“She totally changed everything,” says Rees. “You’re busier but your priorities sort themselves out quickly. Your child becomes the number – one thing.”

After school, Athena decided to take a year out and travel to China, where she secured herself an internship on an English – language newspaper in Shanghai.

Rees comments: “It was really amazing to see your kid on the other side of the world, doing this stuff. I saw her byline and was just so chuffed.”

Quite a different entry into the world of newspapers from her mother’s, but – with her formidable family history – one that may well lead to great things, one can’t help musing.

____________________________________________________________

It’s a personal thing

Favourite book?

That’s easy for me. It’s ‘The Leopard’ by Giuseppe di Lampedusa. I’m a big re-reader and I read this every couple of years. I first read it in my 20s and then I saw the Visconti film and went back and read it again. It’s a wonderful, wonderful book.

What do you do to relax?

The theatre. I’m good at getting cheap tickets. Living in London you can see the best of theatre. That’s got stronger and stronger over the years, I suppose as you get a bit more cash as well you can think, well I’ll pay £50 for a ticket.

What did you want to be when you were growing up?

I can remember wanting to be a private eye. I saw myself in the coat and the hat a la Humphrey Bogart. I can remember that. I don’t have any other strong memories.

Who do you most admire, living or dead?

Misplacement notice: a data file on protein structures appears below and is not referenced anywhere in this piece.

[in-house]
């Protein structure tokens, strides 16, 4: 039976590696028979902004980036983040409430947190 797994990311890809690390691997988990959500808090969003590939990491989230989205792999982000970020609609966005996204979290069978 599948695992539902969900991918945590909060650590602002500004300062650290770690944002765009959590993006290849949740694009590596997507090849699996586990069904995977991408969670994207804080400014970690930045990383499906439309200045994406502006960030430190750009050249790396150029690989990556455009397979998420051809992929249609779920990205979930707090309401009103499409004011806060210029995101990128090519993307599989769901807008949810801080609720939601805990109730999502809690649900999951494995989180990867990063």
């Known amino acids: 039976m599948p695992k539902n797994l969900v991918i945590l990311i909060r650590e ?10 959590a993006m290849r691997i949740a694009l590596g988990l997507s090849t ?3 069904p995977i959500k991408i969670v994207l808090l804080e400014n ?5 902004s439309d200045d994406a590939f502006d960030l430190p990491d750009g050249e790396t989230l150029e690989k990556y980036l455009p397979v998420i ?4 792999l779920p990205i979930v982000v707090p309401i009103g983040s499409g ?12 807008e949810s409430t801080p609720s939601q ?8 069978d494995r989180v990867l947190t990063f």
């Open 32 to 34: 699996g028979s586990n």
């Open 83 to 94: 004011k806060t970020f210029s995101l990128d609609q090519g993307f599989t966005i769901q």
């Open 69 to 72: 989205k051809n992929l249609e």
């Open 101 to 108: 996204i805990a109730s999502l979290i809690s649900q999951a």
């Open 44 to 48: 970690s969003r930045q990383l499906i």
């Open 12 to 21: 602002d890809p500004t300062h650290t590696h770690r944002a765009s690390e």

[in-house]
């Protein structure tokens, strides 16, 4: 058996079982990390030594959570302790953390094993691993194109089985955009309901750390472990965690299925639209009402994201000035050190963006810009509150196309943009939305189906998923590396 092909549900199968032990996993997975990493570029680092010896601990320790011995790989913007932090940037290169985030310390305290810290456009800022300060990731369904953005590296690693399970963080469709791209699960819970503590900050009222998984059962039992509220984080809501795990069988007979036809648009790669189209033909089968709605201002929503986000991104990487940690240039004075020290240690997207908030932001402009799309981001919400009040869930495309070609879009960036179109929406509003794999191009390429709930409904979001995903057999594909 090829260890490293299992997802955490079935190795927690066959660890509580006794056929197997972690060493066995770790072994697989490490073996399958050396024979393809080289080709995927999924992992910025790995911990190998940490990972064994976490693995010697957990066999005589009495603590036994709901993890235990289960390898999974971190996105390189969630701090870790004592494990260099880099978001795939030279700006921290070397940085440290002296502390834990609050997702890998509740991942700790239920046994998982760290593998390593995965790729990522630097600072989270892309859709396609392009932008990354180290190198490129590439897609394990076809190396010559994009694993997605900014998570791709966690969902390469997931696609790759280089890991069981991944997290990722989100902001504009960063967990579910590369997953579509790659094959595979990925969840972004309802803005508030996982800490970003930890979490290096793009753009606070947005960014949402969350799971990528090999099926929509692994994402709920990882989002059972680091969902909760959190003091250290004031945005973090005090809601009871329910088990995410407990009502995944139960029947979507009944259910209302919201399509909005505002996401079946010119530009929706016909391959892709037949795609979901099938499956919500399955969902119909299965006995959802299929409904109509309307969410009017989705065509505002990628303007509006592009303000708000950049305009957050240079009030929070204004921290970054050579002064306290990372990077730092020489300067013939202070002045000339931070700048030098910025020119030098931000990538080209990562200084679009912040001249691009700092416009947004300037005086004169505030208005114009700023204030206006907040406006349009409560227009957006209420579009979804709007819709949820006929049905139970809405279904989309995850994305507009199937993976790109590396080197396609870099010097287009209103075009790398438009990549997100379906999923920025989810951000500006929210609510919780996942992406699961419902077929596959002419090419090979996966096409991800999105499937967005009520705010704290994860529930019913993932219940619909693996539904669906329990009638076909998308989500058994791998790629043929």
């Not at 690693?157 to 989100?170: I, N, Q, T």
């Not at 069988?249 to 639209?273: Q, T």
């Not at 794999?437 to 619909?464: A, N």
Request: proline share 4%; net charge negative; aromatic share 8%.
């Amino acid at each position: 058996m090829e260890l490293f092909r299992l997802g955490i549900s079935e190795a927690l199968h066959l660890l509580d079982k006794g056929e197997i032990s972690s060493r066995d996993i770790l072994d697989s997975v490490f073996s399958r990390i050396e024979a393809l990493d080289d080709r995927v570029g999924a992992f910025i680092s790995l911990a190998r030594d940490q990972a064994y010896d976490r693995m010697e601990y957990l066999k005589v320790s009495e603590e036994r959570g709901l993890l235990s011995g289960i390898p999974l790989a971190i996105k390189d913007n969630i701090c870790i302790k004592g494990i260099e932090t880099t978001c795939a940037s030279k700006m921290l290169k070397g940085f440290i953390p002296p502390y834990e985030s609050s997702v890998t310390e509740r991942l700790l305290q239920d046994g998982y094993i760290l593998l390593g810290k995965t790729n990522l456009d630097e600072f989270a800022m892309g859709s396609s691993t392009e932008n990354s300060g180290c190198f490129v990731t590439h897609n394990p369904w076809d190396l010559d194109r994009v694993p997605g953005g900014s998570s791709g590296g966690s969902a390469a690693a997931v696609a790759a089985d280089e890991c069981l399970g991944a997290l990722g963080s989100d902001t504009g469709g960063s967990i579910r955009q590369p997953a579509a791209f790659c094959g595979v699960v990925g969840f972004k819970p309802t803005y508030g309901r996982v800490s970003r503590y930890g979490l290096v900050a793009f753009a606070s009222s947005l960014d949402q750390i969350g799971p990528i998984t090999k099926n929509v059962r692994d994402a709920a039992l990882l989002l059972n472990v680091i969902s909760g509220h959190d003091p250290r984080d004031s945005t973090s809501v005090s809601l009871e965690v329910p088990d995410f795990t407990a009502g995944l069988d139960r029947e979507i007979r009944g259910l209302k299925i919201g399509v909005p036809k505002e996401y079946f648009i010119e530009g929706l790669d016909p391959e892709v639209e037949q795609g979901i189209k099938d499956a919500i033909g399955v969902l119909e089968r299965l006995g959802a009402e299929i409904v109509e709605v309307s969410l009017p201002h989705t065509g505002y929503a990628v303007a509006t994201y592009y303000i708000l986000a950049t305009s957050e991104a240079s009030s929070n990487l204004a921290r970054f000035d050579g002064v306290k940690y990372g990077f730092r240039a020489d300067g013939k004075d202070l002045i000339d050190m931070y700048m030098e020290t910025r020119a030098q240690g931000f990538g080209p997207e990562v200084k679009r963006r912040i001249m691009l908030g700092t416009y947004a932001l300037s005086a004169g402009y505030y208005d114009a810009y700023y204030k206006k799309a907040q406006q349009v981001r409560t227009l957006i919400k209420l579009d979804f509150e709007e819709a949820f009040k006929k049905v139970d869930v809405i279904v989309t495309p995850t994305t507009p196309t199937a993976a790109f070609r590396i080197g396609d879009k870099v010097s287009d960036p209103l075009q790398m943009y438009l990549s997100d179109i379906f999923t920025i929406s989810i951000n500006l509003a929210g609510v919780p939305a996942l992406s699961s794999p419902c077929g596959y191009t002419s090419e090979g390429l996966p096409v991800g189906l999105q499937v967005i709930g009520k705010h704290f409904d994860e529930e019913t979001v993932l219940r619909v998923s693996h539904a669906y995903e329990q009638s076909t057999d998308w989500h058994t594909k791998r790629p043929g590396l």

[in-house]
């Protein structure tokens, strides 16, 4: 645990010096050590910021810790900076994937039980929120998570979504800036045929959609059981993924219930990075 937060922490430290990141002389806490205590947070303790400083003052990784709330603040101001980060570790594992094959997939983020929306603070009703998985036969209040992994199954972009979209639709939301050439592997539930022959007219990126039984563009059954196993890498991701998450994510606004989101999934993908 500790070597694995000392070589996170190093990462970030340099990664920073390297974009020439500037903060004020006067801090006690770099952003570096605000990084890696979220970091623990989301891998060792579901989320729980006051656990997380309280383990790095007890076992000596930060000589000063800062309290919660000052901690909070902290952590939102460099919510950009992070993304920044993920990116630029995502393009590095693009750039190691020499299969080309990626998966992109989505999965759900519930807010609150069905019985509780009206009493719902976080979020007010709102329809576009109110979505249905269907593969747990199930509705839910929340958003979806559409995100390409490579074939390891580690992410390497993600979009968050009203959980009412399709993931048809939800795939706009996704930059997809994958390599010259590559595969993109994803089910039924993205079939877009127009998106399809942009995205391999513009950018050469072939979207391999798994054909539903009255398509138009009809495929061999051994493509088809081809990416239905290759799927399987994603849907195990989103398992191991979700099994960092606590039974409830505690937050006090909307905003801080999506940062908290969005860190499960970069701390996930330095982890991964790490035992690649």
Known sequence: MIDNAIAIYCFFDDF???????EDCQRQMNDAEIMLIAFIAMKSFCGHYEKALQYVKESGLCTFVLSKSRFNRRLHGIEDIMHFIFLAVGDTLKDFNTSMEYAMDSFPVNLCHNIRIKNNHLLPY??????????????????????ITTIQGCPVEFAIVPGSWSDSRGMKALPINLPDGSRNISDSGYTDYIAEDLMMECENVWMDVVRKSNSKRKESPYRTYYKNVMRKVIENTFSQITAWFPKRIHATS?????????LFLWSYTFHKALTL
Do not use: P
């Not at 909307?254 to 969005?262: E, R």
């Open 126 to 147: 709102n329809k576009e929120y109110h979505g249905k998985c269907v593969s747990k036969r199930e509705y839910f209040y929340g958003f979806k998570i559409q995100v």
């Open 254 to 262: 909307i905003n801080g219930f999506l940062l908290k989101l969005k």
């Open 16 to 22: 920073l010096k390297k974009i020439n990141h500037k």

Pussy Riot. A feminist punk collective – what’s not to like. They are like lionesses those girls. They are brave and fight the system and I really admire them.

____________________________________________________________

Curriculum vitae

1955            Rees was born in Musselburgh, Scotland

1960-66     Attended Musselburgh, Pennycook and Coldstream primary schools in Scotland

1966-72     Attended St Bernard’s Convent School in Slough, Evington Hall in Leicester, and Loreto School in Nottingham

1978           Graduated from Keele University with a degree in English

1979           Moved to Colchester and joined Essex County newspapers as a telesales worker

1980-82    Began working at the south east Anglia branch of the NGA after a union recognition battle

1982-90    Moved to London and joined the Civil Service Union (now PCS) as a national officer

1990          Married Nigel Rees

1990          Joined the TUC as head of trade union education

1996          Daughter Athena born

2015          Became director of Unionlearn